Pretty benign… Mostly harmless… But, do you really need it?

Our advice is to leave Bluetooth in your phone turned off, until you actually want to transfer files with a friend.

If you leave Bluetooth enabled your battery will flatten quicker and potentially your movements can be tracked (see our Bluetooth in Bath page in the May 2008 archive).

If your mobile is several years old its Bluetooth firmware may be insecure. This means hackers would be able to download your phone book and initiate calls to Premium Rate Lines, without actually touching your phone.

Also several phone Viruses exist that can be transmitted by Bluetooth. For Example : Commwarrior is a worm that operates on Symbian Series 60 2nd Edition devices. The worm is capable of spreading itself via Bluetooth and MMS.

Although the normal transmission range for Bluetooth is normally quoted as 10-100 metres, depending on whether the device is class 1 or 2, the real world figure can be up to 1.2km using a specially modified Bluetooth dongle and a large dish antenna.

Once you’ve got this kit set up, you can use an application like BlueSender to beam small .jpeg advertisements to phones with Bluetooth turned on. You can also monitor peoples movements, if you live near a major road. Even that innocent looking TomTom GPS Satnav is answering Bluetooth requests.

Think about that for a moment… if you combine Bluetooth + GSM data & car number plate recognition you’ve got a very effective tracking mechanism!

Bluetooth Hacking.

For a long time it wasn’t possible (cheaply) to eavesdrop on a Bluetooth exchange between two other devices – in the way you can with WiFi using some clever Linux-based tools.

Bluetooth sniffers have always been exotic devices used by manufacturers of Bluetooth devices to troubleshoot the firmware of their own devices before being released to the public at large. A Bluetooth protocol analyser can easily cost £5000. They cost this much because they sell in low volume, and most of the real value is in the Analysis Software itself.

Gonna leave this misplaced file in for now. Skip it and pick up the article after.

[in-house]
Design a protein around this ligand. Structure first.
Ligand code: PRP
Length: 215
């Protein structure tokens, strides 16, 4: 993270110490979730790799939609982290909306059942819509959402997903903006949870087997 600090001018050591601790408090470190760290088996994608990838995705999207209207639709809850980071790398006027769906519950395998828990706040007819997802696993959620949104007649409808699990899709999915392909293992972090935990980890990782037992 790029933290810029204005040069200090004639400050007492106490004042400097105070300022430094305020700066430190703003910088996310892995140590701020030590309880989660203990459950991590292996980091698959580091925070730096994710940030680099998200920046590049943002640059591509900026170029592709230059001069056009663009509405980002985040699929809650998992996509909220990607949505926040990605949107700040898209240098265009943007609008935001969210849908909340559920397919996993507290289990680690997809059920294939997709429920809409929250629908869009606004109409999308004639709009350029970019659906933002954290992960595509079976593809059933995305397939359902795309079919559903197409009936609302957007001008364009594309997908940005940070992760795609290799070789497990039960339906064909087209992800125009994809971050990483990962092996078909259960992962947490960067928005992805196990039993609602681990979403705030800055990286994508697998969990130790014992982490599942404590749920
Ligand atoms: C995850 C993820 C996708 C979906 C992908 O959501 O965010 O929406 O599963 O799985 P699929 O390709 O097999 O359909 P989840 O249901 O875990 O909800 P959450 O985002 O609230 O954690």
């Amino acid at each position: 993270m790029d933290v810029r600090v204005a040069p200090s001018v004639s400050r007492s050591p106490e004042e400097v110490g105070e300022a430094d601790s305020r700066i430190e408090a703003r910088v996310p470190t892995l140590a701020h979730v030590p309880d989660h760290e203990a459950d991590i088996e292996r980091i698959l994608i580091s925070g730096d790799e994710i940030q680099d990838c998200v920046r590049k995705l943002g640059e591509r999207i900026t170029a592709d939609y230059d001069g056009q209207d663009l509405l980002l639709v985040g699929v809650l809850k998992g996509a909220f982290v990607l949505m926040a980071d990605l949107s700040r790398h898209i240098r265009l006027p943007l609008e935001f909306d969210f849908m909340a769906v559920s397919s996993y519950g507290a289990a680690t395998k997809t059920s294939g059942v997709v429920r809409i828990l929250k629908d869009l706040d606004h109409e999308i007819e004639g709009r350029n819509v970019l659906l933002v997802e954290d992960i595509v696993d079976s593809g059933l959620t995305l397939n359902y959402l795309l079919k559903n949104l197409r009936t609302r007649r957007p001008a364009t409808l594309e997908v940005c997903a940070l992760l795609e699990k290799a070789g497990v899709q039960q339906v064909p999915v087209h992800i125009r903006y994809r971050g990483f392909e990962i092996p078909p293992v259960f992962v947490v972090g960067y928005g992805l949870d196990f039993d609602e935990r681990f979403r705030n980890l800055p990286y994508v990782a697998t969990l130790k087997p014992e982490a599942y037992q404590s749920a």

Last Summer, a researcher proved that the main piece of hardware used in the Frontline Protocol Analyser – which is basically a standard USB Bluetooth dongle with a CSR chipset – could be cloned. By reading out the specialist firmware and uploading it into a standard USB Bluedongle with the CSR Bluecore4-Ext chipset hackers were able to make their own knock-off analysers for less than £20.

You will need to look elsewhere for specific instructions on how to do this, but I will give you these pointers that may come in useful on your quest…

1. The chipset in the dongle you want to reflash has to be Bluecore4-Ext. Bluecore2-Rom & Bluecore4-ROM won’t do! You can see what chipset version your dongle has by booting up a PC with the Backtrack Linux Live-CD and typing ‘hciconfig hci0 revision’. I found that the D-Link DBT-120 Rev C1 dongle had the right chipset. All the other D-Link DBT-120 versions with the Blue & Grey cases were Bluecore2-Ext, but the one with the correct BlueCore4-Ext chipset was Orange & Black.

2. When you find instructions telling you to get DFUtool & bccmd for your version of Linux, ignore that & just use the Backtrack 2 live-cd, as they’re both already on there. Connect the USB dongle directly to the PC when flashing, don’t use a hub or extension lead.

3. Before you can flash the dongle, you need the correct Firmware images & the Windows application itself, they come as a package. When I looked in January it was available on Rapidshare by searching for FTS4BT, in three parts if I remember correctly. Be careful what you download and from where. The main software used with the sniffer runs under Windows, so make sure you scan whatever you download with up to date Anti-Virus software.

4. If you work for a company wanting to use this device, buy it! I don’t condone piracy, but I do understand that interested individuals would never part with £5k for a Bluetooth sniffer, so it really isn’t a lost sale for the manufacturer.

5. Hopefully a fully open-source version of a Bluetooth sniffer will emerge soon…

UPDATE 29-03-2011 – Such a Bluetooth sniffer is now available for $100. Ubertooth

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